Meeting the Millennium Development Goals by Thinking out of the Box

By Roberts, Joseph | UN Chronicle, September-November 2005 | Go to article overview

Meeting the Millennium Development Goals by Thinking out of the Box


Roberts, Joseph, UN Chronicle


Not long ago, I was sitting on a beach in Jomtien, Thailand, watching the waves and trying to relax. As I was looking out at the beautiful ocean scene in front of me, a young Thai boy, about eight, walked down to the edge of the ocean near where I was sitting. In his hands he carried a long stick with a rope fastened to one end. Attached to the other end of the rope was a large brick. The boy had made himself a fishing pole, complete with a "brick fish". Curious about what he was going to do next, I watched him as he threw the brick into the ocean. He stood there, pole in hand, patiently waiting for something to take his bait. Suddenly, the fishing line became taut. The boy became excited knowing that a "fish" was on the line, and pulling with all his might he somehow managed to bring his catch to shore. Then he turned around in my direction and looked at me with an excited expression on his face that seemed to say, "Can you see it? Can you see this huge and magnificent fish that I just caught?" Well, I could. I could see it, because I did the same thing when I was his age. And I used the same method to do it: imagination.

Imagination is one of the greatest gifts we possess; only the human species has the ability to imagine things that are not yet part of reality. This special gift allows us to dream of new possibilities, to envision the future and take corrective action to avoid future mistakes. It is what leads to new inventions, innovative art and progressive social development. It is what allows us to rise above mediocrity.

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It is one of the primary reasons underpinning our advance as a species. When imagination and action meet, great things can happen. Perhaps, the most important example of this in the twenty-first century is the United Nations Millennium Declaration. What is this document if not the product of collective imagination? After all, the sustainable world it is designed to create is clearly more of a dream than reality, existing primarily in the imaginations of men and women of goodwill.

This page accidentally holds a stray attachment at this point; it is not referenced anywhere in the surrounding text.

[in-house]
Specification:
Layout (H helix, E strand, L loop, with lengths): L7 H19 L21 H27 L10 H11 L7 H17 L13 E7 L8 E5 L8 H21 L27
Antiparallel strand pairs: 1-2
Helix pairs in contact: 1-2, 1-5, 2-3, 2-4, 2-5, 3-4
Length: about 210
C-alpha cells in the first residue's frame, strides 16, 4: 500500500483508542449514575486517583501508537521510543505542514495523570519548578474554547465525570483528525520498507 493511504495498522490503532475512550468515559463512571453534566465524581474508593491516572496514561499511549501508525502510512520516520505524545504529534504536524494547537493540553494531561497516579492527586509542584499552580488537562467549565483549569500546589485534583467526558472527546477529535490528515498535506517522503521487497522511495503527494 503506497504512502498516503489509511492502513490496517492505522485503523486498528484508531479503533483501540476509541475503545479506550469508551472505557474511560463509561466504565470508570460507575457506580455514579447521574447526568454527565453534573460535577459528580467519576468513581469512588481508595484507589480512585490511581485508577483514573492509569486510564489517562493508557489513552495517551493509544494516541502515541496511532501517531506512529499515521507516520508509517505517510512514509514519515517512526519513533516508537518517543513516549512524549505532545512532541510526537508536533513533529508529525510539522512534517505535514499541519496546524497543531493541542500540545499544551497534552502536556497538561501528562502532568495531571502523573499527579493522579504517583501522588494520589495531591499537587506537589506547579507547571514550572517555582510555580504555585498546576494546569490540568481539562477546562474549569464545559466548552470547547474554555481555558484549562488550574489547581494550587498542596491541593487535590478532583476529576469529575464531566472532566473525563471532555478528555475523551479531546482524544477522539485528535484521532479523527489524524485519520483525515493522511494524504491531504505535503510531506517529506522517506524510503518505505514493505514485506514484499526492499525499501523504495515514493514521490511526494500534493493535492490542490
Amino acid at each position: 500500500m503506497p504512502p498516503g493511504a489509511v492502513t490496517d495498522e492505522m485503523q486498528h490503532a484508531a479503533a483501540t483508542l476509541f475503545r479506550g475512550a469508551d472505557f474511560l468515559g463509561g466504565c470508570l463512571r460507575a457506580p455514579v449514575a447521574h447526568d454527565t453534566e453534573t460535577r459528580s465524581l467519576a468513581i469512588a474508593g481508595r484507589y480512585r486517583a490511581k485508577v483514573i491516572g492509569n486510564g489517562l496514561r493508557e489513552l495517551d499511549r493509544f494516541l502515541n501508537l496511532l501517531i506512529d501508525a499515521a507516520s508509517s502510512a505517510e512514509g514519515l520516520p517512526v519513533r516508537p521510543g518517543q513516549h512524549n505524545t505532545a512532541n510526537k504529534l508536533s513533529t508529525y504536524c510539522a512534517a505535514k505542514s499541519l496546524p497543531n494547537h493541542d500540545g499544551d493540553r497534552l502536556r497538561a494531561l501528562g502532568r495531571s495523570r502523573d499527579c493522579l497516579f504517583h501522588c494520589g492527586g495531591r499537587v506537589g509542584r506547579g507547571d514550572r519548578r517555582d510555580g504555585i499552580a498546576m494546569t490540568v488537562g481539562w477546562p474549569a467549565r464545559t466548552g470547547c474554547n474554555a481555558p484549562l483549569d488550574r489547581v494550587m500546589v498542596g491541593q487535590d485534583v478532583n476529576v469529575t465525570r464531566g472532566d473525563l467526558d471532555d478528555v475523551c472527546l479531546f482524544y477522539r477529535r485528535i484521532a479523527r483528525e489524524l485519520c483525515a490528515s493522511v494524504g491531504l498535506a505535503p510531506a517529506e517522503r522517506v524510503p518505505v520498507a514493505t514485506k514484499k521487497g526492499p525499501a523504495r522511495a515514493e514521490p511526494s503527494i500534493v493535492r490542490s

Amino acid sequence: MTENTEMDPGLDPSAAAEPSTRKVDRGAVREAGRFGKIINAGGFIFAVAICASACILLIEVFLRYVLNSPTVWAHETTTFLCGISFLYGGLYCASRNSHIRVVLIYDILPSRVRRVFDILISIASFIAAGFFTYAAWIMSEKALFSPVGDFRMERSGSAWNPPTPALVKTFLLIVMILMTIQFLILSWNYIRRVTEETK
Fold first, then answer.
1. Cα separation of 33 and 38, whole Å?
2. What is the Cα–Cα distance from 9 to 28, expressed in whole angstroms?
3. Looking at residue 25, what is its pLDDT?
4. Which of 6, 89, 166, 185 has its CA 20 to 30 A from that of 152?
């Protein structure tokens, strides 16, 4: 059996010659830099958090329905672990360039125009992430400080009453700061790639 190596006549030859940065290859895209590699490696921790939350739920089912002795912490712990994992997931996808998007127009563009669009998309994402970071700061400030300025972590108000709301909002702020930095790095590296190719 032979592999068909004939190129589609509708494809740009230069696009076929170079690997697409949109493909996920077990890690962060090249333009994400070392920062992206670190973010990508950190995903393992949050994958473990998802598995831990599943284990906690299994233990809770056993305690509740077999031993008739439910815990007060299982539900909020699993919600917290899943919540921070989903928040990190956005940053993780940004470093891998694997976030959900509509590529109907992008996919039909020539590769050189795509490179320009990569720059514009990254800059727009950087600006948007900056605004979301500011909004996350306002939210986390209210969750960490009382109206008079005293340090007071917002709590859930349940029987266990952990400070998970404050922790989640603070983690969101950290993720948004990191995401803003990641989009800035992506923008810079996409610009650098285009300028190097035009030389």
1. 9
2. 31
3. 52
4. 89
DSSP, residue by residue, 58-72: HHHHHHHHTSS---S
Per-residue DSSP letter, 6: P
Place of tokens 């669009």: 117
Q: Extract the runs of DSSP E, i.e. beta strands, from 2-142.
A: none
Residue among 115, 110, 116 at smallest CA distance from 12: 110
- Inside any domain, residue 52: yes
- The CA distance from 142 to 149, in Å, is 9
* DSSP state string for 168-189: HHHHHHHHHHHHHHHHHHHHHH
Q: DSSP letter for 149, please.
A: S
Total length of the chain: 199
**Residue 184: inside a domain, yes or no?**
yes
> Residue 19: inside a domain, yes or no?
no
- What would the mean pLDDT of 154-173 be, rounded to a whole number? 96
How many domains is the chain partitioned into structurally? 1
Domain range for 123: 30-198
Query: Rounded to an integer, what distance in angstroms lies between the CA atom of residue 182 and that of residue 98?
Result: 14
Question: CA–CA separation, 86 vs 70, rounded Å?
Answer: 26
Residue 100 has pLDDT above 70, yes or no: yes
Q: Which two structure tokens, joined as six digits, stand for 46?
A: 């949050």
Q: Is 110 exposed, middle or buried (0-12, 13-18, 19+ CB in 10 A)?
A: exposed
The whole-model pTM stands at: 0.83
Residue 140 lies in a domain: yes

The shared values and principles contained within the Declaration gave rise to the Millennium Development Goals (MDGs): eradicate extreme poverty and hunger; achieve universal primary education; promote gender equality and empower women; reduce child mortality; improve maternal health; combat HIV/AIDS, malaria and other diseases; ensure environmental sustainability; and develop a global partnership for development. These MDGs must be met by the target date of 2015, but it is becoming clear that the majority of developing countries will not be able to do so due to numerous reasons, such as insufficient official development assistance from donor countries, lack of transparency and good governance in recipient countries, the rapid spread of HIV/AIDS, massive economic inequality in the developing world, widespread environmental degradation, population growth accelerating faster than economic growth, and economic growth being underpinned by unsustainable patterns of production and consumption.

If one starts from the premise that every problem has a solution, then meeting the MDGs is clearly a problem in need of a new solution. The history of scientific discoveries has shown that the search for new solutions is frequently related to the ability of the researcher to use imagination-to "think out of the box". There is no simple policy change or discovery that will lead to a perfect situation where all the MDGs will be met by 2015. But this does not mean that we do not have an obligation to present and future generations to rethink the problem, to see if something is missing from the MDG-based development plans that could potentially maximize the probability that these goals will be met at some point in the near future.

What is missing, I think, is the promotion by the United Nations of a research and development project to develop and deploy by 2010 a new energy system that can meet the demands and requirements of sustainable development on a global scale. …

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